Okay, I’ve watched a bunch of Youtube videos and now feel ready to add my two bitcoins about the current Dungeons & Dragons uproar over the new Open Gaming License.
Seriously, though, I’m not unequipped to discuss this. I am an OG RPG gamer. I mean OHH GEE. I gamed with the original D&D woodgrain box. The box with chits of paper instead of polyhedral dice. I’ve been gaming since before there were ten-sided dice.
I went to a D&D tourney when I was in high school, and I was the only girl there.
I have also joined the fairly rarefied community of lady Dungeon Masters. So I do feel qualified to speak as a gamer, about gaming.
My viewpoint is that Wizards of the Coast/Hasbro is engaged in a ham-fisted money grab, and understands absolutely nothing about the customer base that is the mainstay of their revenue. And seems to care less.
Photo by Timothy Dykes on Unsplash
A quick recap if you’re not aware. Back around 2000, Wizards of the Coast published Third Edition D&D with an “open gaming license,” which declared the basic rules and stats of D&D to be open source, and keeping only named IP like Elminster, the Forgotten Realms, Waterdeep, Beholder, the purview of Wizards of the Coast. A harmonious vision, that created an active culture of third-party publishers making new worlds, monsters, classes, adventures for D&D, that succeeded for twenty years.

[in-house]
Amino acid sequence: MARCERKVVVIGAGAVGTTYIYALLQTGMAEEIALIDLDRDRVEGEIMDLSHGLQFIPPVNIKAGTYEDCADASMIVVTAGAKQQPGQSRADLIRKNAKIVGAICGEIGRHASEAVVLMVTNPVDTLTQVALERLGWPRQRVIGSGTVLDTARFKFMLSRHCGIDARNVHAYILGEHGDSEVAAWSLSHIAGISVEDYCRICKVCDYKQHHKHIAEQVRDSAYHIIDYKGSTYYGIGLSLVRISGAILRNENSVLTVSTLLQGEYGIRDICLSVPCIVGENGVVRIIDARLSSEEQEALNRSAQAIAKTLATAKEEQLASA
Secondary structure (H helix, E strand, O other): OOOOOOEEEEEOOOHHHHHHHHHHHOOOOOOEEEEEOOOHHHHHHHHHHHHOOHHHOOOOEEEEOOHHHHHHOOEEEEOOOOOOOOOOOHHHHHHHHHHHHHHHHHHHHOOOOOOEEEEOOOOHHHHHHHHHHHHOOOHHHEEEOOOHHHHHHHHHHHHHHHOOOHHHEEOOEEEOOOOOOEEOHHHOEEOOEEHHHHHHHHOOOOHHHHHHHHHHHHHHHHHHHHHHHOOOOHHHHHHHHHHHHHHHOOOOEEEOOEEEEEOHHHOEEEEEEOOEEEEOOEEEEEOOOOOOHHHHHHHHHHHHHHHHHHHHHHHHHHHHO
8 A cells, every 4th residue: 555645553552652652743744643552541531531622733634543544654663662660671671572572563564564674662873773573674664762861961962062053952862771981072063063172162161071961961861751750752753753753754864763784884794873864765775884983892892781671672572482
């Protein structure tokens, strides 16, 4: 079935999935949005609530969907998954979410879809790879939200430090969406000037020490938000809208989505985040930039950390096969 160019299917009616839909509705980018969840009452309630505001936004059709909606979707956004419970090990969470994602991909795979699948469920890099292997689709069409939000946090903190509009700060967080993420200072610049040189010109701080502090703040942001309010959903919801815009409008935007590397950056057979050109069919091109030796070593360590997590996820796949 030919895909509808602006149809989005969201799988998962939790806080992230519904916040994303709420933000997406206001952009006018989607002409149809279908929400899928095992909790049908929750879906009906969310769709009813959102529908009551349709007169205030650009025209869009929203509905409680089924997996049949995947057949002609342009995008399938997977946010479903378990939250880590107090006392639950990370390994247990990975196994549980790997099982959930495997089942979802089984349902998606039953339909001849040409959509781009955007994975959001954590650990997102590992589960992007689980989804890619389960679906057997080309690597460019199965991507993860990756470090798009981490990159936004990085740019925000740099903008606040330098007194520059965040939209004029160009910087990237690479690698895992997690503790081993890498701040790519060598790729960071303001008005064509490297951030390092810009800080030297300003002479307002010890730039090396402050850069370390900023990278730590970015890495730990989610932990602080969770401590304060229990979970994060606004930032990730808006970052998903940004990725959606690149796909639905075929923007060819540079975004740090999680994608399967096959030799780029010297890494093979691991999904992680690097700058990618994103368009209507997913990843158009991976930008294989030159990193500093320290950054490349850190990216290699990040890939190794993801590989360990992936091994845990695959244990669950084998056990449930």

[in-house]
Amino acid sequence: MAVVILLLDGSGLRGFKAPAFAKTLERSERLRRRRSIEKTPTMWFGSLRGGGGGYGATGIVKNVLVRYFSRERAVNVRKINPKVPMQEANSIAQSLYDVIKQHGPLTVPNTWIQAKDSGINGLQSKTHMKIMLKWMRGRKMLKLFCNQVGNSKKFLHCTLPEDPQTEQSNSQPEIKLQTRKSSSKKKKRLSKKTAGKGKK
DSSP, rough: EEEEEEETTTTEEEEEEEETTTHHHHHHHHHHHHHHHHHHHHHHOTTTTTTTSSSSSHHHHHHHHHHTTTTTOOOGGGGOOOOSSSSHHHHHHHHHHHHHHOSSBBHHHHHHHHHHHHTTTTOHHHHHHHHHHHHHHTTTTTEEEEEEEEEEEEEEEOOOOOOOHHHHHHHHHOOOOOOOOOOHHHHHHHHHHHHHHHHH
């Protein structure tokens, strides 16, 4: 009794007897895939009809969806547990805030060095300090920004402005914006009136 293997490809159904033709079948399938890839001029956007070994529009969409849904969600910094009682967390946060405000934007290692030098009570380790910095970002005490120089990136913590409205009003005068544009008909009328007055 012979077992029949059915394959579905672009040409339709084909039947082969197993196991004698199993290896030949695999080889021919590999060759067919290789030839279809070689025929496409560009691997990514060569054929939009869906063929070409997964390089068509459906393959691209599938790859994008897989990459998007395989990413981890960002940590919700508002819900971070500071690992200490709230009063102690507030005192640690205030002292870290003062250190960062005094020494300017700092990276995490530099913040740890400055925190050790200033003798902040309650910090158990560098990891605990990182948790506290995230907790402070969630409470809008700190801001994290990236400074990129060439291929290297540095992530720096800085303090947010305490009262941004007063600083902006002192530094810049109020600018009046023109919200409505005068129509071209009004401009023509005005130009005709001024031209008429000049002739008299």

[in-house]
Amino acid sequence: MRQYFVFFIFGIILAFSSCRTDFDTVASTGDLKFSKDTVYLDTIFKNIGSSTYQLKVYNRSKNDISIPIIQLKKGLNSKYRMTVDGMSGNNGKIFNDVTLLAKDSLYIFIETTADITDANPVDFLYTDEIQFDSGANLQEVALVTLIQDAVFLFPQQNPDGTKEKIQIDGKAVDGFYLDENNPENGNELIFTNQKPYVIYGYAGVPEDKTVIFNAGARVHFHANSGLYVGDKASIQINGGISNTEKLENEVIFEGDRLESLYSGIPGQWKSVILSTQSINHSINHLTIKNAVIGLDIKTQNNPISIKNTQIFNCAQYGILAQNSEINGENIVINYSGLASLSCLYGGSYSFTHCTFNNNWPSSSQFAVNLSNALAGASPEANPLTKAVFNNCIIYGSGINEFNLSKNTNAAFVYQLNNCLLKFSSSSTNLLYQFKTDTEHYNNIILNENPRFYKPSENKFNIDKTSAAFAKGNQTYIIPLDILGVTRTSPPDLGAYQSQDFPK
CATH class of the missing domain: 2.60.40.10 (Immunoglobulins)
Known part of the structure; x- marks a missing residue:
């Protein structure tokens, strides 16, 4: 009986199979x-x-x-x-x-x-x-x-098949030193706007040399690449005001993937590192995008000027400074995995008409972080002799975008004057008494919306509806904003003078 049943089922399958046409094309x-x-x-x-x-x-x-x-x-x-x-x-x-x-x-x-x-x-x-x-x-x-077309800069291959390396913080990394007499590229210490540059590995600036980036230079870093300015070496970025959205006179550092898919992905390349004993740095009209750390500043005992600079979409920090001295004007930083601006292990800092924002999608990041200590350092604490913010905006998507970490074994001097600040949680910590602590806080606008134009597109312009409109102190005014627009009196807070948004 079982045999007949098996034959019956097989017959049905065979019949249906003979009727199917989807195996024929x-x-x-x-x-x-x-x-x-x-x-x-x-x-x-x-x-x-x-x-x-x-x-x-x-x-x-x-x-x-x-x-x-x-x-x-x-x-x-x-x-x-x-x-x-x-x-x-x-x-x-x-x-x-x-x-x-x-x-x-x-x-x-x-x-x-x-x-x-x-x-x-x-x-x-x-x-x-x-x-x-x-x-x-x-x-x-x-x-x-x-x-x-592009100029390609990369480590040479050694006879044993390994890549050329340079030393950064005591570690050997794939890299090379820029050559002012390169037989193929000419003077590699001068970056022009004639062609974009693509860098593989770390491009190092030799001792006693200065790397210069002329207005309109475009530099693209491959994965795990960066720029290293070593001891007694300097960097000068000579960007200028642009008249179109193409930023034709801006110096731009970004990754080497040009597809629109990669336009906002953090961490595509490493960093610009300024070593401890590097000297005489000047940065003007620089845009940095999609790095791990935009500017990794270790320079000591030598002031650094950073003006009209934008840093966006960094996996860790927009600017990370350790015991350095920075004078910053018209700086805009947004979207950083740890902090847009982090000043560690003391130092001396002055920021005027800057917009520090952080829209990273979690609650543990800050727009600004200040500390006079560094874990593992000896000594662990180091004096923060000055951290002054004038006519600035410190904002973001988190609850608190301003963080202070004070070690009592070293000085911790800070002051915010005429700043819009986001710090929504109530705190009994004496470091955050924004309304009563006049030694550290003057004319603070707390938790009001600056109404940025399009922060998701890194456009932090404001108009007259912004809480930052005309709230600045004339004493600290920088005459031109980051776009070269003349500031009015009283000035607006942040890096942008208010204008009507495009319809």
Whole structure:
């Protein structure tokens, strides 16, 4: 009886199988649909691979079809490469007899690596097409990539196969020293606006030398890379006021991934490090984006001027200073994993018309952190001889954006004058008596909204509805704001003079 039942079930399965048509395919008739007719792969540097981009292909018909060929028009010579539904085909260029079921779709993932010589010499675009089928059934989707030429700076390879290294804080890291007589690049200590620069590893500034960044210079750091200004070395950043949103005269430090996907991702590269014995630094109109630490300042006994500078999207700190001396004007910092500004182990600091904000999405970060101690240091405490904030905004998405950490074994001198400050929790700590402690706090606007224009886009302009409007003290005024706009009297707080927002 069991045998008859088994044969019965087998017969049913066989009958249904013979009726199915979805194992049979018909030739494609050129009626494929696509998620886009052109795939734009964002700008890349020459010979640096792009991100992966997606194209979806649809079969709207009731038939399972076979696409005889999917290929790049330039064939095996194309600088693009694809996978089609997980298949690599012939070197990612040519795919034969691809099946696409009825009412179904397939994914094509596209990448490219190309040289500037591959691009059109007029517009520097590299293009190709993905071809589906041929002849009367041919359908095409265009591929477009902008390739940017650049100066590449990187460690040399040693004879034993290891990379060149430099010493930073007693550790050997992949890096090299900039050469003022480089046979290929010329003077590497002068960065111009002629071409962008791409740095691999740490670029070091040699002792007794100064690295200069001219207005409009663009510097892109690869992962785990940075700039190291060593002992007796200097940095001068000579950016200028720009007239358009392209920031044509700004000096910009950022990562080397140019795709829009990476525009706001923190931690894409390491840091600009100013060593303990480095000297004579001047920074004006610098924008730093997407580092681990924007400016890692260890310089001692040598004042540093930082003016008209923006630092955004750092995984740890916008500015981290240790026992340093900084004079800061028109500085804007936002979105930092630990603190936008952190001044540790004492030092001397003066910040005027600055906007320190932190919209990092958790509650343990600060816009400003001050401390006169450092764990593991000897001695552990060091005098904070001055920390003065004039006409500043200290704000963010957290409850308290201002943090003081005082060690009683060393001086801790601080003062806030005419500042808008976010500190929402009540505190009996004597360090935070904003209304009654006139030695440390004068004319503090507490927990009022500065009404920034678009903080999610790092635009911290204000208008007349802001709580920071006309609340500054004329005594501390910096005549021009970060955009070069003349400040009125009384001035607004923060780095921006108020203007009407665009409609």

But during those twenty years, WOTC got bought out by game giant Hasbro. Who I suspect are the real villains in this story, because they speak in bad faith and care only about the bottom line.
WOTC/Hasbro wants to rescind the Open Gaming License (which was intended to be irrevocable) and replace it with a new, far more restrictive license that demands royalties, and contains an outrageous clause that says, you, third-party publisher, “own” your original content — but WOTC can use it and publish it whenever they want, at no cost and in perpetuity.
And this has the entire tabletop gaming community in an uproar. We don’t like seeing indie creators attacked. We don’t like being gaslit and disrespected like that.
I know this is all very, very inside baseball. But my husband hasn’t shut up about it for five days now, and neither has the Internet.
Wizards attempted to backtrack, too little too late, but their press releases have actual lies in them (this was just a draft license) and are not fooling anyone. The vapid legalese indicates to me that the suits over there have no idea who they are dealing with: to wit, fandom, a legion of obsessive, obstreperous nerds like myself. Some of whom are lawyers, or also work in the gaming industry.